Hope this simplifies the answer for you.

Cheers
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Old 21st Jun 2006, 11:59   #16 (permalink)

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Our Jepp planning show landing fuel as final reserve + alternate + full contingency. Whether it had been modified to do so, I do not know. But that is the way it works.

What strikes me is the large amount you describe. If you are a JAR-OPS operator, I believe you can at least halve the figure by using either "en-route alternate" or "pre-determined decision point" scenarios. I believe other OPS regulations have similar provisions. If this is wise, I would rather not comment neither am I a commander to do so.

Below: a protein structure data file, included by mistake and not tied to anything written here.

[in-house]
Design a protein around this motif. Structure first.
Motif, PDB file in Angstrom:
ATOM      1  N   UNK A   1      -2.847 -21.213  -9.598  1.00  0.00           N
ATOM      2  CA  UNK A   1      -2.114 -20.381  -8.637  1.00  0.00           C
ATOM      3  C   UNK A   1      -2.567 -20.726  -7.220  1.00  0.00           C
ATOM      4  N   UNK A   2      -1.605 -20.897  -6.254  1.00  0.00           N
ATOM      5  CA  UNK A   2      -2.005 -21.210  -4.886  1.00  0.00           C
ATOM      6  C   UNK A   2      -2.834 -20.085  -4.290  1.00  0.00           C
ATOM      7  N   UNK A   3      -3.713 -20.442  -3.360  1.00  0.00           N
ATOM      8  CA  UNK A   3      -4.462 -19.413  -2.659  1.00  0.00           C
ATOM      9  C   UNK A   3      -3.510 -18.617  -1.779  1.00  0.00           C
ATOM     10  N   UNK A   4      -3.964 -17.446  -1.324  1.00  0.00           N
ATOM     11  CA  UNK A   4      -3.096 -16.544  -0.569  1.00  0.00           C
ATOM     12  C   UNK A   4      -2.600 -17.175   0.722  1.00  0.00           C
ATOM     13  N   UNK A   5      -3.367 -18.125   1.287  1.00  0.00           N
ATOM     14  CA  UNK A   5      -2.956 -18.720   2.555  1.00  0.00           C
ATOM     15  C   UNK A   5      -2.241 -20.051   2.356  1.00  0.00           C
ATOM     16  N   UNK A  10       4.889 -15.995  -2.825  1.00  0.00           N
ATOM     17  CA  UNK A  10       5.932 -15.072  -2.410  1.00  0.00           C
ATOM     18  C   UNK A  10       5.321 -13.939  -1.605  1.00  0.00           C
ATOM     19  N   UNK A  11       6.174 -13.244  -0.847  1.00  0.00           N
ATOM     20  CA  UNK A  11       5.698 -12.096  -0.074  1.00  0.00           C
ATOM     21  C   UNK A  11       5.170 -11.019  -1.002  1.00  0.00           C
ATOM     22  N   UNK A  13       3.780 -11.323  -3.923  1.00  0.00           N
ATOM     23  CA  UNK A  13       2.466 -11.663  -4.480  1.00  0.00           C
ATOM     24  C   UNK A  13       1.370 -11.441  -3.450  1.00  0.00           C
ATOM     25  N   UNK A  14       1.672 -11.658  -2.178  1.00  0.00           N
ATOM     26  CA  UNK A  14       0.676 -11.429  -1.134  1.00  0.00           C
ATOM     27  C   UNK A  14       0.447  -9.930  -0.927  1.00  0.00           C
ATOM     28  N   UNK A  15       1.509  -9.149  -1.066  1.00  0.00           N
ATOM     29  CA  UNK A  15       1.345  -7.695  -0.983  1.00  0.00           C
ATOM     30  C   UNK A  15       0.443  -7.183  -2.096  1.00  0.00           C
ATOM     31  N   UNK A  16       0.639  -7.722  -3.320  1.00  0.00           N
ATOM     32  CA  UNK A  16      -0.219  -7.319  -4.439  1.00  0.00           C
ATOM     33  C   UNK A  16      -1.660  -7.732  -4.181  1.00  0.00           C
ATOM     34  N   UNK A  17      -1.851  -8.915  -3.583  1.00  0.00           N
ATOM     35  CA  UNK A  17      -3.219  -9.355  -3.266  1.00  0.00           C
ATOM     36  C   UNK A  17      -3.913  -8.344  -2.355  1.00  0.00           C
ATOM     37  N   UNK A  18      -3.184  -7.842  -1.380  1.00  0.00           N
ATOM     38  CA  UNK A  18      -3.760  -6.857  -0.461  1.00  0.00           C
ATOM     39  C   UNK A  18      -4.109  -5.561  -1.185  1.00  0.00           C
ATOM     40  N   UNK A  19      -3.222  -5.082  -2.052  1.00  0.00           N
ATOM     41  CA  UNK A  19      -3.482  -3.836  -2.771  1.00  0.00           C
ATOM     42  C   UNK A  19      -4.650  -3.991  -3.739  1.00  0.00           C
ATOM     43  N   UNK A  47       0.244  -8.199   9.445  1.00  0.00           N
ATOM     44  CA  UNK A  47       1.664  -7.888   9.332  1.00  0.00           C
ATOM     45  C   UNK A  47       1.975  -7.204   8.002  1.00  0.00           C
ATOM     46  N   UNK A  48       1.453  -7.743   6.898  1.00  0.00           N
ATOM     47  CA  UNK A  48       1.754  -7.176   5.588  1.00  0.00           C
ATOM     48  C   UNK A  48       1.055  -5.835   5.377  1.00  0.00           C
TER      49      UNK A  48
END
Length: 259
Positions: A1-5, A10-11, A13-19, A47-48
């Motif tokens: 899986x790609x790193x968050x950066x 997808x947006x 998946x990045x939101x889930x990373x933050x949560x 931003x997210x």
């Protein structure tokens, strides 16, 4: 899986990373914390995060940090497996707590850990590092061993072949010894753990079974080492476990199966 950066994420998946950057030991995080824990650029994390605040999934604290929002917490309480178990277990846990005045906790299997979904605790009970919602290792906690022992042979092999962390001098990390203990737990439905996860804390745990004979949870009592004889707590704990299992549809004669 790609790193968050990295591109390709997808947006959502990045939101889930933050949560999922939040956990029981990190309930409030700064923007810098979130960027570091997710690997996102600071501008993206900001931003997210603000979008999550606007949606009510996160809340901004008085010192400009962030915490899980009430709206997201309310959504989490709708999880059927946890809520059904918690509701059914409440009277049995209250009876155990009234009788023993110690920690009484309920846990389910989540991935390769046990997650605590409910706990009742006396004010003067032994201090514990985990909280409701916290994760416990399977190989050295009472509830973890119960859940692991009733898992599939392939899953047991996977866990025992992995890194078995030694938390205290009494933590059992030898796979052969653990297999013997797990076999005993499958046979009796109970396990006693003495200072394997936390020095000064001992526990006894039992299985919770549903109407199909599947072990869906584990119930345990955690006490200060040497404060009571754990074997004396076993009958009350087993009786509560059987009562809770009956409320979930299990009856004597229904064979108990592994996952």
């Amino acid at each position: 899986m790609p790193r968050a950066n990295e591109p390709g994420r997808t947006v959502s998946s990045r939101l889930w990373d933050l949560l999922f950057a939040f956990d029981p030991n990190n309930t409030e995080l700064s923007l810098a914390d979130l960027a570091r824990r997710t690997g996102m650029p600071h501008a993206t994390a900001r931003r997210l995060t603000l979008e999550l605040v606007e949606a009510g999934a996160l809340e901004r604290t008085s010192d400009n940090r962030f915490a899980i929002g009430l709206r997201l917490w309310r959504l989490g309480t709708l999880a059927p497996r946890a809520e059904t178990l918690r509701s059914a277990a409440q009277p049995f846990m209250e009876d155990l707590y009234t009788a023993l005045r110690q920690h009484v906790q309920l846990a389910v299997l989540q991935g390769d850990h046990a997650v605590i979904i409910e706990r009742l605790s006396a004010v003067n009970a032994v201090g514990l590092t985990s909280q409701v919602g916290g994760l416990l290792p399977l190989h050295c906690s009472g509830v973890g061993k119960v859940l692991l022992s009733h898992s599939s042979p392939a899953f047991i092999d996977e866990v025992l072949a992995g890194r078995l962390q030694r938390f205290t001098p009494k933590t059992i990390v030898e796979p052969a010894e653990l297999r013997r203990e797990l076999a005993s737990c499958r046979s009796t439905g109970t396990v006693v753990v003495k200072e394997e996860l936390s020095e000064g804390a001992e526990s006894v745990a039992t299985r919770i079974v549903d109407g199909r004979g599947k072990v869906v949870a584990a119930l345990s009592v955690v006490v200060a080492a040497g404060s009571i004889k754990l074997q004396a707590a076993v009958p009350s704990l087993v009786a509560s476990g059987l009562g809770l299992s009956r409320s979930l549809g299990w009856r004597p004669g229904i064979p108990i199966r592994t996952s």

FD.
(the un-real)
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Old 21st Jun 2006, 12:03   #17 (permalink)
 
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Quote:
Originally Posted by FlightDetent
Our Jepp planning show landing fuel as final reserve + alternate + full contingency. Whether it had been modified to do so, I do not know. But that is the way it works.
What strikes me is the large amount you describe. If you are a JAR-OPS operator, I believe you can at least halve the figure by using either "en-route alternate" or "pre-determined decision point" scenarios. I believe other OPS regulations have similar provisions. If this is wise, I would rather not comment neither am I a commander to do so.
FD.
(the un-real)
I guess I missed that point in my previous post. Yes, ours does the same thing.